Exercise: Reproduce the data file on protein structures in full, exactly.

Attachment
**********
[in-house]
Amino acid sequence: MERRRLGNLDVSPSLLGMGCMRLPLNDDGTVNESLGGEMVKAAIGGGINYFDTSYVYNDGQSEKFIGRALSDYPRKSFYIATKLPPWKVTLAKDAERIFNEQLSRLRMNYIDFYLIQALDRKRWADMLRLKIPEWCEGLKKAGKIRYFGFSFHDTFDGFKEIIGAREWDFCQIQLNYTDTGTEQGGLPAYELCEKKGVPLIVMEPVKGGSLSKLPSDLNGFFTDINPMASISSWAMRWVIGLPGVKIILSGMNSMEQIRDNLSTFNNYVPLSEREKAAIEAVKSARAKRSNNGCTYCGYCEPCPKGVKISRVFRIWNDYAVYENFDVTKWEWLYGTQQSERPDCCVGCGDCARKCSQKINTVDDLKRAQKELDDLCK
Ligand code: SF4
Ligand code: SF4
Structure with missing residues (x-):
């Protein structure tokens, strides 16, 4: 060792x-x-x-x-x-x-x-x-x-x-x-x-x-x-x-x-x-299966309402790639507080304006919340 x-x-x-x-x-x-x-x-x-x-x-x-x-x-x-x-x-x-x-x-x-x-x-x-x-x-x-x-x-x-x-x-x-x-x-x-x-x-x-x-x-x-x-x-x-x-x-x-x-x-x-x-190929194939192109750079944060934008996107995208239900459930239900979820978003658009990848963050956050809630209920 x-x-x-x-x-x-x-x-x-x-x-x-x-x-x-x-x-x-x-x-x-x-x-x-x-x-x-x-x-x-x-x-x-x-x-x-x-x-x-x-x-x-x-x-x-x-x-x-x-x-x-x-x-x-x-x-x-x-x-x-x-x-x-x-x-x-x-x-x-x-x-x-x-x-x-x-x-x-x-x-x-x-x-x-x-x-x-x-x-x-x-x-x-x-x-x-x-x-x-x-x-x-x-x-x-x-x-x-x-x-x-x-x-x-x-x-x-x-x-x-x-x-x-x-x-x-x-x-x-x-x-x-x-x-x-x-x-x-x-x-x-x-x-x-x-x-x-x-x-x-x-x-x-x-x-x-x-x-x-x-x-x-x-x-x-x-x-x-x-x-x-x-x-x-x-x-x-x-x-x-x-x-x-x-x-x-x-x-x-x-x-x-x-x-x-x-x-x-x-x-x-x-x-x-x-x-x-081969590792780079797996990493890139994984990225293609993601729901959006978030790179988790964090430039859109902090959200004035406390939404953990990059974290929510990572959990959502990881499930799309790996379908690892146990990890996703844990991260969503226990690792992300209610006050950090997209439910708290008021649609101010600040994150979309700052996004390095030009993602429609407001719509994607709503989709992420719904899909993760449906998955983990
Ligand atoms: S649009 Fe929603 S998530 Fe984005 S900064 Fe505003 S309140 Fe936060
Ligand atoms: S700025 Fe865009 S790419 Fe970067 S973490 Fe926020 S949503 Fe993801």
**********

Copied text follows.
[in-house]
Amino acid sequence: MERRRLGNLDVSPSLLGMGCMRLPLNDDGTVNESLGGEMVKAAIGGGINYFDTSYVYNDGQSEKFIGRALSDYPRKSFYIATKLPPWKVTLAKDAERIFNEQLSRLRMNYIDFYLIQALDRKRWADMLRLKIPEWCEGLKKAGKIRYFGFSFHDTFDGFKEIIGAREWDFCQIQLNYTDTGTEQGGLPAYELCEKKGVPLIVMEPVKGGSLSKLPSDLNGFFTDINPMASISSWAMRWVIGLPGVKIILSGMNSMEQIRDNLSTFNNYVPLSEREKAAIEAVKSARAKRSNNGCTYCGYCEPCPKGVKISRVFRIWNDYAVYENFDVTKWEWLYGTQQSERPDCCVGCGDCARKCSQKINTVDDLKRAQKELDDLCK
Ligand code: SF4
Ligand code: SF4
Structure with missing residues (x-):
């Protein structure tokens, strides 16, 4: 060792x-x-x-x-x-x-x-x-x-x-x-x-x-x-x-x-x-299966309402790639507080304006919340 x-x-x-x-x-x-x-x-x-x-x-x-x-x-x-x-x-x-x-x-x-x-x-x-x-x-x-x-x-x-x-x-x-x-x-x-x-x-x-x-x-x-x-x-x-x-x-x-x-x-x-x-190929194939192109750079944060934008996107995208239900459930239900979820978003658009990848963050956050809630209920 x-x-x-x-x-x-x-x-x-x-x-x-x-x-x-x-x-x-x-x-x-x-x-x-x-x-x-x-x-x-x-x-x-x-x-x-x-x-x-x-x-x-x-x-x-x-x-x-x-x-x-x-x-x-x-x-x-x-x-x-x-x-x-x-x-x-x-x-x-x-x-x-x-x-x-x-x-x-x-x-x-x-x-x-x-x-x-x-x-x-x-x-x-x-x-x-x-x-x-x-x-x-x-x-x-x-x-x-x-x-x-x-x-x-x-x-x-x-x-x-x-x-x-x-x-x-x-x-x-x-x-x-x-x-x-x-x-x-x-x-x-x-x-x-x-x-x-x-x-x-x-x-x-x-x-x-x-x-x-x-x-x-x-x-x-x-x-x-x-x-x-x-x-x-x-x-x-x-x-x-x-x-x-x-x-x-x-x-x-x-x-x-x-x-x-x-x-x-x-x-x-x-x-x-x-x-x-081969590792780079797996990493890139994984990225293609993601729901959006978030790179988790964090430039859109902090959200004035406390939404953990990059974290929510990572959990959502990881499930799309790996379908690892146990990890996703844990991260969503226990690792992300209610006050950090997209439910708290008021649609101010600040994150979309700052996004390095030009993602429609407001719509994607709503989709992420719904899909993760449906998955983990
Ligand atoms: S649009 Fe929603 S998530 Fe984005 S900064 Fe505003 S309140 Fe936060
Ligand atoms: S700025 Fe865009 S790419 Fe970067 S973490 Fe926020 S949503 Fe993801």